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Thu 29 October 2020
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Amina Shareef predicts that the return of Begum to challenge the revocation of her citizenship will unleash another wave of ruthless demonisation and internal exile for British Muslims

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The Court of Appeal has ruled Shamina Begum, who left her home in east London as a child in 2015 to join the Islamic State, should be allowed to return to the UK to challenge in person after the Home Office’s February revocation of her British citizenship.

Even prior to her physical return here on British soil, for all intents and purposes, Begum has already returned. She has returned as a memory of collective fear; returned through the news machinery already cascading far and wide the court’s ruling through their multiple circuits of ideological dissemination, waking and refreshing social anxieties made dull and less acute over time.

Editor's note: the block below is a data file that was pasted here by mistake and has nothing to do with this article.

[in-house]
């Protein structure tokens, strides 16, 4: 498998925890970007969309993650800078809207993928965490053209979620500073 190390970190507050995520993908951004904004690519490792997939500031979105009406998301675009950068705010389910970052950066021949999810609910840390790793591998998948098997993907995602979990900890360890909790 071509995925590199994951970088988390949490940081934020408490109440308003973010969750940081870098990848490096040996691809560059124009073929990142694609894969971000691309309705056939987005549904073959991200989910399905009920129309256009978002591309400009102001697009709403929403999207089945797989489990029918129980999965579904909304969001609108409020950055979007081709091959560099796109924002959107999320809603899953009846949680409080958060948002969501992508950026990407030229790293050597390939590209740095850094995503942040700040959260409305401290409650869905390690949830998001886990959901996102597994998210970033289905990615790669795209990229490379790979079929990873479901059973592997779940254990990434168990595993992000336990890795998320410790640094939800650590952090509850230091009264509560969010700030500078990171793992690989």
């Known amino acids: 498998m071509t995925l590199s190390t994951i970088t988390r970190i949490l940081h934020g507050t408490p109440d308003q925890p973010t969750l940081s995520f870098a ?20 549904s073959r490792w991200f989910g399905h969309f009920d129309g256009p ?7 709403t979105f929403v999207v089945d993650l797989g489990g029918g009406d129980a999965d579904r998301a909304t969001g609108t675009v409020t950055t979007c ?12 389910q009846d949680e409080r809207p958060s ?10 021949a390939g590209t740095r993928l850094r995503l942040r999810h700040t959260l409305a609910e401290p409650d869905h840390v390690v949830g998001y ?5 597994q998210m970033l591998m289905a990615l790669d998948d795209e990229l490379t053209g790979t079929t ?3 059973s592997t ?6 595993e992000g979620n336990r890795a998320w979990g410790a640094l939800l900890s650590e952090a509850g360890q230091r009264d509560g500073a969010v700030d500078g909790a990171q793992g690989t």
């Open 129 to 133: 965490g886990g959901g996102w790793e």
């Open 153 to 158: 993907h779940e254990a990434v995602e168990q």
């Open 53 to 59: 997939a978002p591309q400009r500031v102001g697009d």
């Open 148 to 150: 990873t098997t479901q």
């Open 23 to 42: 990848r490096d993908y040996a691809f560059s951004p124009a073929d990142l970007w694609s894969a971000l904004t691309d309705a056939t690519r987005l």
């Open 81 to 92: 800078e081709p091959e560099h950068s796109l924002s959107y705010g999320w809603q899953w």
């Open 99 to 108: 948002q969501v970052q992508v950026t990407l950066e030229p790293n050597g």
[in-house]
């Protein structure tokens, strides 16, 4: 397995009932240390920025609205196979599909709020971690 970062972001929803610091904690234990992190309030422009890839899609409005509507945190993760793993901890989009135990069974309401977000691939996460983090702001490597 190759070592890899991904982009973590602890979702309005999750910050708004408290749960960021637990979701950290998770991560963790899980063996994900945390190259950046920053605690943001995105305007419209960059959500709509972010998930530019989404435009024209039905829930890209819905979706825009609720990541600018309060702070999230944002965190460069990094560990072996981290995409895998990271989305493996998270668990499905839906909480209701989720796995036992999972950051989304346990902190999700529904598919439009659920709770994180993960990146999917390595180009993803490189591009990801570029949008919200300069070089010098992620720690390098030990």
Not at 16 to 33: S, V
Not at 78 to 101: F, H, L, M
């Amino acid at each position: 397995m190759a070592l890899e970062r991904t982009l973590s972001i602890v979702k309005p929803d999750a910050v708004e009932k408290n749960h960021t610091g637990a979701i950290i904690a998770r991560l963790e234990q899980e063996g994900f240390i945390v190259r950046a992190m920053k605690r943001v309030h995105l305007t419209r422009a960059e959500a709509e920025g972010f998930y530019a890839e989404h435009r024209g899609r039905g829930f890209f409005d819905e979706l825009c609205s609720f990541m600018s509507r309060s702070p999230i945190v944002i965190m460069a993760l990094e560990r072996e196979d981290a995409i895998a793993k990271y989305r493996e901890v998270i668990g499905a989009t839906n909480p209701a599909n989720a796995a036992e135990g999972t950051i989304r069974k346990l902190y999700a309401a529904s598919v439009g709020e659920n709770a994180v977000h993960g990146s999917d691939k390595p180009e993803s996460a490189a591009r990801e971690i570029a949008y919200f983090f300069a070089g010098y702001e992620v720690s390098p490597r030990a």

There is nothing like the return of Begum to exemplify Britain’s gender superiority through the narrative of white men rescuing brown women from brown men.

Begum returns as she re-turns our attention as that which should be feared. The repeated circulation of her black, niqab-framed face sharpens the shadowy contours giving form to the spectre haunting our securitized phantoms: the enemy-citizen lurking in our midst, an unknown known, bearing malevolent intentions and deserving nothing short of pursuit and expulsion from the national collective of authentic, bona fide British citizens.